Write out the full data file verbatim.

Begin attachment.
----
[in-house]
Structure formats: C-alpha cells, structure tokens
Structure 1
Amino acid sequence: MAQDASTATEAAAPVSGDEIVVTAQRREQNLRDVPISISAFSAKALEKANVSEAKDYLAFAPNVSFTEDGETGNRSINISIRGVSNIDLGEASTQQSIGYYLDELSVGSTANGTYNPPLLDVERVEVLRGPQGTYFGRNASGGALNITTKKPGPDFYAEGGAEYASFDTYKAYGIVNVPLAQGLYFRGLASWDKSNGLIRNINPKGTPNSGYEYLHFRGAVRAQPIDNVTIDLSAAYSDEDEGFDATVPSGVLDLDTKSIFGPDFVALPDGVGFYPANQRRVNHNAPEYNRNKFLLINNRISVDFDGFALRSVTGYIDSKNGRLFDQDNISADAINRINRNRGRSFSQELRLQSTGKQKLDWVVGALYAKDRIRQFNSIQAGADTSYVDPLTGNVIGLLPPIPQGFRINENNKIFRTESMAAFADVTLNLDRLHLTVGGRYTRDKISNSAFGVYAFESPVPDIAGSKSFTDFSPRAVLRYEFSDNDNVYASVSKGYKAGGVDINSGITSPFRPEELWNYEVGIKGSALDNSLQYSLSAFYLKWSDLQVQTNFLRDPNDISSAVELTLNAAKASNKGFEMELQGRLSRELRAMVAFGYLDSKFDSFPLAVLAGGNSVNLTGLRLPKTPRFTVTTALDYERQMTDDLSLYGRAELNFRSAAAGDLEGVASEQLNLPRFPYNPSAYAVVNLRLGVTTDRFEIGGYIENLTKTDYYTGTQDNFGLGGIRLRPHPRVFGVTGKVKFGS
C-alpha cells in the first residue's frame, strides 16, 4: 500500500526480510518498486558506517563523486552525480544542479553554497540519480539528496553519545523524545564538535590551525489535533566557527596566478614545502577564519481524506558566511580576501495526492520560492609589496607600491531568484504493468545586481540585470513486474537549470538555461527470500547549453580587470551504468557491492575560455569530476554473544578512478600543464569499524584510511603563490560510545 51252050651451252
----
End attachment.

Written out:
[in-house]
Structure formats: C-alpha cells, structure tokens
Structure 1
Amino acid sequence: MAQDASTATEAAAPVSGDEIVVTAQRREQNLRDVPISISAFSAKALEKANVSEAKDYLAFAPNVSFTEDGETGNRSINISIRGVSNIDLGEASTQQSIGYYLDELSVGSTANGTYNPPLLDVERVEVLRGPQGTYFGRNASGGALNITTKKPGPDFYAEGGAEYASFDTYKAYGIVNVPLAQGLYFRGLASWDKSNGLIRNINPKGTPNSGYEYLHFRGAVRAQPIDNVTIDLSAAYSDEDEGFDATVPSGVLDLDTKSIFGPDFVALPDGVGFYPANQRRVNHNAPEYNRNKFLLINNRISVDFDGFALRSVTGYIDSKNGRLFDQDNISADAINRINRNRGRSFSQELRLQSTGKQKLDWVVGALYAKDRIRQFNSIQAGADTSYVDPLTGNVIGLLPPIPQGFRINENNKIFRTESMAAFADVTLNLDRLHLTVGGRYTRDKISNSAFGVYAFESPVPDIAGSKSFTDFSPRAVLRYEFSDNDNVYASVSKGYKAGGVDINSGITSPFRPEELWNYEVGIKGSALDNSLQYSLSAFYLKWSDLQVQTNFLRDPNDISSAVELTLNAAKASNKGFEMELQGRLSRELRAMVAFGYLDSKFDSFPLAVLAGGNSVNLTGLRLPKTPRFTVTTALDYERQMTDDLSLYGRAELNFRSAAAGDLEGVASEQLNLPRFPYNPSAYAVVNLRLGVTTDRFEIGGYIENLTKTDYYTGTQDNFGLGGIRLRPHPRVFGVTGKVKFGS
C-alpha cells in the first residue's frame, strides 16, 4: 500500500526480510518498486558506517563523486552525480544542479553554497540519480539528496553519545523524545564538535590551525489535533566557527596566478614545502577564519481524506558566511580576501495526492520560492609589496607600491531568484504493468545586481540585470513486474537549470538555461527470500547549453580587470551504468557491492575560455569530476554473544578512478600543464569499524584510511603563490560510545 51252050651451252